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August 08, 2009

Comments

Al Bigley

I always thought it odd that Marvel's handbook spotlighted the technical aspects of the heroes, altho Marvel was best known for the emotional and dramatic facets of the characters.

Then, DC cpmes out with their handbooks, and the series is more about hero histories and motivations, which you woulda thought was how Marvel woulda gone with theirs...

And odd switcheroo...

Al Bigley

Mark Engblom

Well, or you could look at it this way: Marvel, from the very beginning, had put forward a more "realistic" type of superhero, from their personalities to the real-world locale of New York City...so the ultra-detailed tech seems to spring from that tradition rather organically. I see what you mean, though, Al. I remember being disappointed with DC's less technical approach....especially when it came to calibrating the Flash's speed or Superman's strength.

Mystik Tomato

I think that DC has the right idea with that, though. It seems that if you put specs on the heroes and then ignore it for the sake of the story, (Like the infamous Spidey vs. Firelord match-up) it's going to cause a couple of people to wonder what the problem is.

Of course saying "The Flash runs really fast. No, like, REALLY fast." isn't really much better.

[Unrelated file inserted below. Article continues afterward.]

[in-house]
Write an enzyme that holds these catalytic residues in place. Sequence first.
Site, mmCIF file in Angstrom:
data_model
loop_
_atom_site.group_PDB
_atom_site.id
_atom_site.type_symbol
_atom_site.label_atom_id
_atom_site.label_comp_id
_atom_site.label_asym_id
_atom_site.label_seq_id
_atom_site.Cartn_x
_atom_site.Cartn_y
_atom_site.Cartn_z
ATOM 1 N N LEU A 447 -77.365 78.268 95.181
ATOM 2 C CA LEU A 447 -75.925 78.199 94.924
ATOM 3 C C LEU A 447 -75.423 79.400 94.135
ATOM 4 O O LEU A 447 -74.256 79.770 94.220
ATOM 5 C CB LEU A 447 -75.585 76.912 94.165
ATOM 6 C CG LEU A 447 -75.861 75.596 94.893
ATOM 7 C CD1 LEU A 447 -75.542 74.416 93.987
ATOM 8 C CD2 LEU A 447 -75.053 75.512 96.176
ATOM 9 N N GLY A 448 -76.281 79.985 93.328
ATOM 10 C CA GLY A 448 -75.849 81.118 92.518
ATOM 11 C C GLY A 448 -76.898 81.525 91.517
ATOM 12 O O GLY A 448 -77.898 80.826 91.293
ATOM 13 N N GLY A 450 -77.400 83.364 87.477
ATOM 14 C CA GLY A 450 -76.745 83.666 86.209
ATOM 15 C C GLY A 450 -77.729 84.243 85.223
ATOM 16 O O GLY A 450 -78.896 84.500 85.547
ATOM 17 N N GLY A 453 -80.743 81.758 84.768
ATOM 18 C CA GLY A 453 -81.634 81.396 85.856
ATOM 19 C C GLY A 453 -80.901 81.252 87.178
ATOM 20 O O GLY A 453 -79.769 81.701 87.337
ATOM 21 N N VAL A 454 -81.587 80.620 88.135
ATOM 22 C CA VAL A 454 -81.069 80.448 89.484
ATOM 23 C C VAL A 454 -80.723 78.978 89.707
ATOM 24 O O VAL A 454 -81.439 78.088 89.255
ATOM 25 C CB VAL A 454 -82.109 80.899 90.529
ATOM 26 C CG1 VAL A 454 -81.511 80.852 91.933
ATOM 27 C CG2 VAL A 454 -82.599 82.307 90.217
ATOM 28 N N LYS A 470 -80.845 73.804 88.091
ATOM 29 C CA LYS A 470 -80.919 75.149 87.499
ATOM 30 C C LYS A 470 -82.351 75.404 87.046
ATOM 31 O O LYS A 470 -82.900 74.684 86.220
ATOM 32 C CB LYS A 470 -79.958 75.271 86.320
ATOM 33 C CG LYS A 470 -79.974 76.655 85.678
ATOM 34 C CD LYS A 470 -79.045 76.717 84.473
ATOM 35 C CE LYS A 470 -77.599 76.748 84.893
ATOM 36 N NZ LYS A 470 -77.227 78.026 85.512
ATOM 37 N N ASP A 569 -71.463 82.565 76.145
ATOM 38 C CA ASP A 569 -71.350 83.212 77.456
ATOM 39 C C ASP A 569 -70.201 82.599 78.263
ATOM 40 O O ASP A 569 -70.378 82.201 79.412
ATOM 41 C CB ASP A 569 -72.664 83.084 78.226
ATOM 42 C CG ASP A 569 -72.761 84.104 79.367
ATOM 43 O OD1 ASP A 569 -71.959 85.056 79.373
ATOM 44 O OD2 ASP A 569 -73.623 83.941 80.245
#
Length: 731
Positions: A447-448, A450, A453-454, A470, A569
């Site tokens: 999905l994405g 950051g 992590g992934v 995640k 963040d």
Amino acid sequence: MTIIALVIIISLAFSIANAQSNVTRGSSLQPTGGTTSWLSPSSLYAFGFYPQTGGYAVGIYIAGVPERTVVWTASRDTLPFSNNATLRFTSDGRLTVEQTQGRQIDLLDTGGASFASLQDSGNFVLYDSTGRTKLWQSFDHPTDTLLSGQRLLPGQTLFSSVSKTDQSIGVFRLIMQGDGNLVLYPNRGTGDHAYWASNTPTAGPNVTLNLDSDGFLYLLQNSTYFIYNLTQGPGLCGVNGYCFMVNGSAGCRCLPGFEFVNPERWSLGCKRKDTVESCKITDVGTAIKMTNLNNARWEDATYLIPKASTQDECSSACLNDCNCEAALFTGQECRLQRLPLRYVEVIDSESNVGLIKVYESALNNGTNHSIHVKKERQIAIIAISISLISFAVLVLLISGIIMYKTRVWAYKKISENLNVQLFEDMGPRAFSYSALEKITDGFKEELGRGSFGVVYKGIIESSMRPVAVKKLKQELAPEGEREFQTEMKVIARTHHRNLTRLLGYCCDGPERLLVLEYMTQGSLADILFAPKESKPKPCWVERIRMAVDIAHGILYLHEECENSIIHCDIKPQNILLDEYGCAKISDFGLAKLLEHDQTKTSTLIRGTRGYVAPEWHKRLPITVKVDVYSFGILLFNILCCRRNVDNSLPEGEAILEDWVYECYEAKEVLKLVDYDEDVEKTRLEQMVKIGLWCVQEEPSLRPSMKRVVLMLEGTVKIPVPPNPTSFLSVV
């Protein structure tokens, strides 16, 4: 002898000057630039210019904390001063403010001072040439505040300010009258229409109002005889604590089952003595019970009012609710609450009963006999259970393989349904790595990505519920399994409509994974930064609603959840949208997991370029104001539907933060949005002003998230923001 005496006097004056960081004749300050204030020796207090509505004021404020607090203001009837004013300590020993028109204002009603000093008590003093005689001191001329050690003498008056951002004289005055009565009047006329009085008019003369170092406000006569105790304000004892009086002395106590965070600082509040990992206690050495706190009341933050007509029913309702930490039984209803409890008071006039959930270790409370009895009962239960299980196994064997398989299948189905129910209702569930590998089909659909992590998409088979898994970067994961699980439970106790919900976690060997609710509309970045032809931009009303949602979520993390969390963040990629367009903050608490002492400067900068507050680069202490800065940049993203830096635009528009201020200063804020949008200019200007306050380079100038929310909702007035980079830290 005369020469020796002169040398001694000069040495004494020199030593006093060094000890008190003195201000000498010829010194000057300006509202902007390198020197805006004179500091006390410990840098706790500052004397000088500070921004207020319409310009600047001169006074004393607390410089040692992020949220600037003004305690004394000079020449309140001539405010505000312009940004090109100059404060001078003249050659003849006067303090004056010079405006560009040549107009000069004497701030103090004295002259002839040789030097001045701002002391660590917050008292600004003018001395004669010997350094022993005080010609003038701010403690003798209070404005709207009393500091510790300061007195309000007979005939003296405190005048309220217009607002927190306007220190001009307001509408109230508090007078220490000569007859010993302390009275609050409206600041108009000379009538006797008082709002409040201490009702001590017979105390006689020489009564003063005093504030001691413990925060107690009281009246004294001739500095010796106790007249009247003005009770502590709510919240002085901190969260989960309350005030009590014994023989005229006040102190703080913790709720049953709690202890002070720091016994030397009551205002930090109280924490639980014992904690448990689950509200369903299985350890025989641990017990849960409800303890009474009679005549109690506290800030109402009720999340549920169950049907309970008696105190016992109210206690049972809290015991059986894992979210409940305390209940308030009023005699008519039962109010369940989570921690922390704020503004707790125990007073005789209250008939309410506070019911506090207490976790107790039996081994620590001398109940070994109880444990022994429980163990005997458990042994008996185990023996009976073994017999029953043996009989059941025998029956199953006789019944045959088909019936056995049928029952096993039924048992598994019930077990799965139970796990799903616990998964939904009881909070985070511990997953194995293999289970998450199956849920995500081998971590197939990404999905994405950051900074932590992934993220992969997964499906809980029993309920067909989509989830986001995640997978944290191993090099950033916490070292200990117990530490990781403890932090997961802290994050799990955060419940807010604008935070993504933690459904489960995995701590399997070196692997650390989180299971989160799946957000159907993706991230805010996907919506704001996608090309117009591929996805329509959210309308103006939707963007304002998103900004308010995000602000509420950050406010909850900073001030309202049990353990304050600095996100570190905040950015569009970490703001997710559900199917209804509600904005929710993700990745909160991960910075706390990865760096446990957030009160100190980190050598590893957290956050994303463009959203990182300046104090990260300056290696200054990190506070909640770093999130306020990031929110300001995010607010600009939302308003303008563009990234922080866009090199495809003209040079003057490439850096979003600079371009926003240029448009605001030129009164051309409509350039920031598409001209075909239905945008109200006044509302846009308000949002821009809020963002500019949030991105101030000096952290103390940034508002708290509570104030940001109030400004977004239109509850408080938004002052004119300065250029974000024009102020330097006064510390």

Also, making a Kirby-Mouth while talking is hard.

WesC

I borrowed a friends copy of the 15th issue of the original Marvel Universe series - the "weapons and paraphernalia" issue. I was awestruck by just how incredible and "credible" they made it all seem.

I had only been reading comics (other than GI Joe) for a couple of months and that issue introduced me to characters and concepts that blew my 13 year old mind!

The Falcon's wings, Ant Man's helmet and who is this Paladin guy, man he looks cool.

Those books really gave a newcomer a leg up on trying to figure out the who's and what's of such a complex place as the Marvel Universe.

I can only imagine that before those titles, trying to figure out some of that stuff must have been very frustrating, but rewarding in it's own way.

zubzwank

The "handbooks" which I like but which came out during a non-comics period for me, were covered pretty well in a fairly recent back issue of BACK ISSUE magazine.

Kirby mouths-yeah, especially the Thing's!
You could turn a tractor-trailer around in Ben's mouth sometimes w/no problem.

ShadowWing Tronix

I didn't read too many Marvel comics in the 70's (being born in 73), but those bottom-of-the-page blurbs were parodies in some of the Radioactive Man comics. Now I know where that came from.

ShadowWing Tronix

Ooop, forgot to say thanks.

Al Bigley

One more thing-The DC Handbooks had dramatic action poses of the characters! Marvel? Dull images of the characters just standing there...Holy reversal!!

Mark Engblom

You're right, Al...the Marvel Handbook *did* have some pretty static poses. However, I vaguely recall Marvel stating that these books, in addition to being sold to fans, were also (supposedly) intended to serve as a reference tool for Marvel writers, artists, and editors. As such, maybe the original intent of the character artwork was to serve as essentially a "model sheet" that would clearly show the character's girth, posture, costume details, coloring, etc. for the assigned artist.

Maybe that was just hooey all along, but that's at least one explanation for the low-wattage character poses.

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